He also fried the turkey. There are so many things to love about a fried turkey. It doesn't require brining or stuffing, it is moist and delicious, and it is fridge to table in an hour. The only thing that is unlovable about it, is the open flame and 6 gallons of scalding, roiling oil. You could fry a turkey or you could defend your castle against bands of marauding Parthians. And it is not uncommon for the cold turkey upon contact with the hot oil to burst into flames. If any of that hot oil drips down into the propane, that starts a fire that is considered "beyond a homeowner's capabilities." You are cautioned against using marinades "which can cause explosions." The turkey fryer comes with 45 pages of warnings and statements of general alarm.
The bf and his brothers took the pot into the middle of the lawn where they watched it, monitored the temperature, regulated the flame and avoided burning anything down. They stood over it for an hour, in the cold wind and enveloping dark, sipping once, sipping twice, 24 oz of Guinness and your Turkey is perfectly done.

Friday, November 26, 2010


Dear Marg,
Can you explain how come I found this in my fridge in the middle of November?

Me neither.
Love, Elise

Wednesday, November 24, 2010

Despite my better judgment and against all common sense gleaned from past experiences, I decided to participate in presenting a Thanksgiving. As I've noted, it's more than a meal, it's campaign.
I haven't taken responsibility for a holiday since my divorce 6 years ago. I've gone to someone's house, I've baked a pie. I occasionally listen to too many renditions of O Holy Night and race outside to string some lights, but I haven't actually taken one on and called it my own. But this year the bf is hosting his family, and I started to feel responsible. His kitchen is dirty, his house is a mess, his plates don't match, I don't think he owns a table cloth. Oh my God! He needs me!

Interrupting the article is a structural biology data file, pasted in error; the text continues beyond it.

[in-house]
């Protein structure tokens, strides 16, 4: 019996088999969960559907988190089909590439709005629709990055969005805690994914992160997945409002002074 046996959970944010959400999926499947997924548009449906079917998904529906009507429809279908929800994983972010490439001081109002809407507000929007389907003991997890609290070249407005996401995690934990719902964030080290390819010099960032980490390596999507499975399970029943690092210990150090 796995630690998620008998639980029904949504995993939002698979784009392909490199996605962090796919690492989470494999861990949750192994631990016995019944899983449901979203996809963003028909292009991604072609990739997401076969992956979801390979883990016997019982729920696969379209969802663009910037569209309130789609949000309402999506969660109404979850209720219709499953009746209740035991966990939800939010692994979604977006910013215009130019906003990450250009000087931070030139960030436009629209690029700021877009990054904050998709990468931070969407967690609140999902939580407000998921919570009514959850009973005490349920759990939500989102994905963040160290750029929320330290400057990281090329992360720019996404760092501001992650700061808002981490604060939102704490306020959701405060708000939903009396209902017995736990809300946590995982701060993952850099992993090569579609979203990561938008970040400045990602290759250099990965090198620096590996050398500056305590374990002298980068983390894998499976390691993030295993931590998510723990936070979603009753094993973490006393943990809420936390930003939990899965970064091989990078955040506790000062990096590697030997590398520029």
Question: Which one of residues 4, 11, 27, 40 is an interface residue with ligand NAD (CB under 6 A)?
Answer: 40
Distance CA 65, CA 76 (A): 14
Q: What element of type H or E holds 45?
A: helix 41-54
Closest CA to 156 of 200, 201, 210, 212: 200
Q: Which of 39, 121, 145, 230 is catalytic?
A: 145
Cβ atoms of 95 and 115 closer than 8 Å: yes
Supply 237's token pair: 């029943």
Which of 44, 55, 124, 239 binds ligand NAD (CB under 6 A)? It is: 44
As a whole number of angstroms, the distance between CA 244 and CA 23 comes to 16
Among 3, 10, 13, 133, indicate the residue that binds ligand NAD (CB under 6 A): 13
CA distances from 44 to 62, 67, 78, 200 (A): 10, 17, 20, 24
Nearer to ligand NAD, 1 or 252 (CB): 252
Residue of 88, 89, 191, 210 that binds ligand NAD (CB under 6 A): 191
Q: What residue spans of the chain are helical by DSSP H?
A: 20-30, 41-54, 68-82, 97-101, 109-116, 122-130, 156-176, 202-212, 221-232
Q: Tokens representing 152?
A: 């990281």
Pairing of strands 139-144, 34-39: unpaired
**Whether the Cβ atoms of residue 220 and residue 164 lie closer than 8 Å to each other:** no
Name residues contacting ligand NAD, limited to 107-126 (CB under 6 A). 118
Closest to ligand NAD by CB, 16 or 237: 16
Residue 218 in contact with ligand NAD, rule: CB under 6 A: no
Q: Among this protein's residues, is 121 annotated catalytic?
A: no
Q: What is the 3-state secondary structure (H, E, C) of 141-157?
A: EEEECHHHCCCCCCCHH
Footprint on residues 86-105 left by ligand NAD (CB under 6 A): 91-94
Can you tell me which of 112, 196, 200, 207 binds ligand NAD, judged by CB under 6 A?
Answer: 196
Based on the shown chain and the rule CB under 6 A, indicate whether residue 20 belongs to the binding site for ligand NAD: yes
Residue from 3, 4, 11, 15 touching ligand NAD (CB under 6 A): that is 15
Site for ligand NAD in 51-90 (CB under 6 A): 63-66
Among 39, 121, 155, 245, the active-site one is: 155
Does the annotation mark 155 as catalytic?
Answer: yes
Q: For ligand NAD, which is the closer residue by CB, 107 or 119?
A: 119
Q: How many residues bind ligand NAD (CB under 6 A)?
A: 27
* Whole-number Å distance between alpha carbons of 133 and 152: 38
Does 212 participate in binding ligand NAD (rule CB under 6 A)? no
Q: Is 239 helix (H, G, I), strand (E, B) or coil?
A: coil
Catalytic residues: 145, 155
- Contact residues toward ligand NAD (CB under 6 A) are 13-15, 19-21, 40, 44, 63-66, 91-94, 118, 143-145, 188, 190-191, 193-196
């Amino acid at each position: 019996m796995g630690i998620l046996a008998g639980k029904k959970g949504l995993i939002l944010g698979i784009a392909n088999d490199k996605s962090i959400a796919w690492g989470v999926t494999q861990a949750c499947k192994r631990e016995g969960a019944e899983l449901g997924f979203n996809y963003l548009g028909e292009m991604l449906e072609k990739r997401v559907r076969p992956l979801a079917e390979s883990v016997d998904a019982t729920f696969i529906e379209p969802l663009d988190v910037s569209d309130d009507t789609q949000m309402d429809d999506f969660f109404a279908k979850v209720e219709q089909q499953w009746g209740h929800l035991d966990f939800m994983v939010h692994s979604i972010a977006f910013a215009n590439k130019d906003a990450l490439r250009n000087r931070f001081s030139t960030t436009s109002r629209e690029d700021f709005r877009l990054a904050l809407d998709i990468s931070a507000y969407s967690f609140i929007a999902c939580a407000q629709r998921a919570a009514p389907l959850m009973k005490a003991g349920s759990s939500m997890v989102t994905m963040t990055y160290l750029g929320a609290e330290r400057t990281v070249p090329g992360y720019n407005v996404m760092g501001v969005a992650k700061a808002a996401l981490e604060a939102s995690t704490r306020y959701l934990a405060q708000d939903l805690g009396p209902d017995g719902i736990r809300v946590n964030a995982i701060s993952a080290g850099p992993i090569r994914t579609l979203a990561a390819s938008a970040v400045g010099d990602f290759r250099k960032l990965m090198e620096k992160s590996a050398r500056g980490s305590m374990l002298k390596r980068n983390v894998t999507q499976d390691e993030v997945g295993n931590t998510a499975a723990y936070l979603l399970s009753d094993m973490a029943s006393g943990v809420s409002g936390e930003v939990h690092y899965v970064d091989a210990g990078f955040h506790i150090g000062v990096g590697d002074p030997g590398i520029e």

A week ago I woke up at 4AM thinking about center pieces and it was too late to turn back.
But it was going to be OK. He is casual, his family is casual. I asked his sister if there were any family traditions I should be prepared for and she said, "Our only tradition is lousy food." I can do that. So I'd wipe a counter, donate a few napkins, light a scented candle and call it a holiday.
Thanksgiving is tomorrow and this is what I've done so far.
Visited the flower shop to choose vases, choose flowers, discuss arrangements and alternatives, "If you have the winter hydrangeas, then some of those with these small roses, but if you will only have these anemones, then the orangey roses, but not those salmon ones and then in this square vase."
Poured over cookbooks, designed different menus, wondered if serving mashed potatoes and dinner rolls would be carb overload, and if carb overloaded wasn't really the point of Thanksgiving.
Studied the hated November issues of several cooking magazines and pondered roasted vs. pureed parsnips.

Baked a practice pear tart and practice pumpkin bread pudding. (neither made the cut)